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Seetha Amman Temple, Sri Lanka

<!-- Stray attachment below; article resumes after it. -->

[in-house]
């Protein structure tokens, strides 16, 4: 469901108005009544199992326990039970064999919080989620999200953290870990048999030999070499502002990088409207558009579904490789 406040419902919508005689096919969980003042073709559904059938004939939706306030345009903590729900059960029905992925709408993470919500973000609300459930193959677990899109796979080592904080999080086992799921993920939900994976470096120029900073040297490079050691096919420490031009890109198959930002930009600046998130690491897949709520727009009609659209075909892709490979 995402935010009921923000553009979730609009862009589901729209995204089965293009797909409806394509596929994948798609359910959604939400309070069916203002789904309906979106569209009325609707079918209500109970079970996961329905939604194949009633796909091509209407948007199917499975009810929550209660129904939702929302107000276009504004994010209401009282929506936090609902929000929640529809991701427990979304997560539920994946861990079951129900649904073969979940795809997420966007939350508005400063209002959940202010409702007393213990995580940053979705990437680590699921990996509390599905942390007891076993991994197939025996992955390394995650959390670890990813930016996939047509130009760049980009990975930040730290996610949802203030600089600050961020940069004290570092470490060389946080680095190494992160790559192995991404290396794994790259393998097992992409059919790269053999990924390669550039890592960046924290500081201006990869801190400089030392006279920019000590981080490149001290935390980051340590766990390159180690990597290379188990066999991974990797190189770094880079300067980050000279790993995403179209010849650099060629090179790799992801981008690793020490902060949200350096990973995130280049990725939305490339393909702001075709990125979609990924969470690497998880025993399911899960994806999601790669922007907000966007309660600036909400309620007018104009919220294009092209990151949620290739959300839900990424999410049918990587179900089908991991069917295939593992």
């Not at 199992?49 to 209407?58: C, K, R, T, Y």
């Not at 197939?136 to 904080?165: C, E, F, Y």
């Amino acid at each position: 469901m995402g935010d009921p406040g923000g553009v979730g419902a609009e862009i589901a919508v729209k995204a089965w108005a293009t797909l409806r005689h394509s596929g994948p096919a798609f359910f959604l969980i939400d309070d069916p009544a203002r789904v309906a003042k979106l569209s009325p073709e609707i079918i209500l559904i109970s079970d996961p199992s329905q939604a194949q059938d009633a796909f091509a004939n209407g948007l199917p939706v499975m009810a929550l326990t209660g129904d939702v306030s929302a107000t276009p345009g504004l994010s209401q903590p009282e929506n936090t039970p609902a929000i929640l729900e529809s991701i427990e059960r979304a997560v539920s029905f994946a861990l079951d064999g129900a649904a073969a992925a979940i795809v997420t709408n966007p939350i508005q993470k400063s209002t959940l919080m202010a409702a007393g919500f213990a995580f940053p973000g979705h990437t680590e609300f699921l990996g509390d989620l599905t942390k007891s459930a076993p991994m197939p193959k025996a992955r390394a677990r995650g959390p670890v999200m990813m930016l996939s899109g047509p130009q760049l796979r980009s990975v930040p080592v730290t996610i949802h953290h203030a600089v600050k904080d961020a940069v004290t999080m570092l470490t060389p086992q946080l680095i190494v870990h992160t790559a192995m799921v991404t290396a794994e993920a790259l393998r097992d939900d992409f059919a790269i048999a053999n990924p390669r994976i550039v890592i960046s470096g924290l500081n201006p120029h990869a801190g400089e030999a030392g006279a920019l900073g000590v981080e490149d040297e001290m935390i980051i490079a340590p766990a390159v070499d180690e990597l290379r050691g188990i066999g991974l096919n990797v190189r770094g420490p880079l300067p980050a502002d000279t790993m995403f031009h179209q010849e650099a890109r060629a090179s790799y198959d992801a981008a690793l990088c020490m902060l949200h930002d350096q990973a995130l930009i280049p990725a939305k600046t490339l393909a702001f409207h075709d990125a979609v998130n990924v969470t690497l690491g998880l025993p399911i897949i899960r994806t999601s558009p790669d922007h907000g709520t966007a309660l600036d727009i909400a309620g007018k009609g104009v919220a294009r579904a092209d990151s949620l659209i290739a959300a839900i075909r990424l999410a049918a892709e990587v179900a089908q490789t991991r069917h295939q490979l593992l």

NUWARA ELIYA, the picturesque Sri Lankan hill station known for its fine quality tea, has seen a growing traffic of visitors to what tourist brochures term “the only Sita temple in the world”. The recently constructed complex, which is patterned on the m odern south Indian temple, is set in idyllic countryside beside a clear stream. Adjacent to it is another new temple dedicated to Hanuman, the monkey-god, who according to mythology was instrumental in rescuing Sita from Lanka. The location and historicity of the temples situated in the country’s plantation heartland has in recent years given rise to a controversy, which is taking on some divisive overtones in this island nation already torn by ethnic strife.The Seetha Amman Temple Trust decided some two years ago to build a Sita temple at a spot believed to be the exact place where Sita was held captive by the demon-king Ravana in the Lanka of the epic, Ramayana. Myth has it that Sita, the wife of King Rama , was imprisoned in the Ashoka forests of the region. The temple trustees believe that this is no myth and that Sita’s imprisonment at this spot is a historical fact.Realising the tourism potential of such a temple, the Sri Lankan Ministry of Tourism plans to make it the centre of a sacred site cum pilgrim complex. It earmarked 12.8 hectares around the temple for further development. The move was held up following strong objections by Buddhist organisations and environmental groups. Both sections have their reasons to oppose the temple, but they agree that there is little historical basis to the story of Sita’s imprisonment in these forests.The president of the Seetha Amman Trust and Central Province Minister for Tourism, V. Radha Krishnan, however offered the following as evidence that Sita once stayed in these parts: the concentration of Ashoka trees – various versions of the Ramayana sta te that Sita’s home in Lanka was inside a thick Ashoka forest (Ashoka Vana) – and the discovery about a century ago of three idols, one of which was that of Sita. It is believed that the idols have been worshipped at this spot for centuries.

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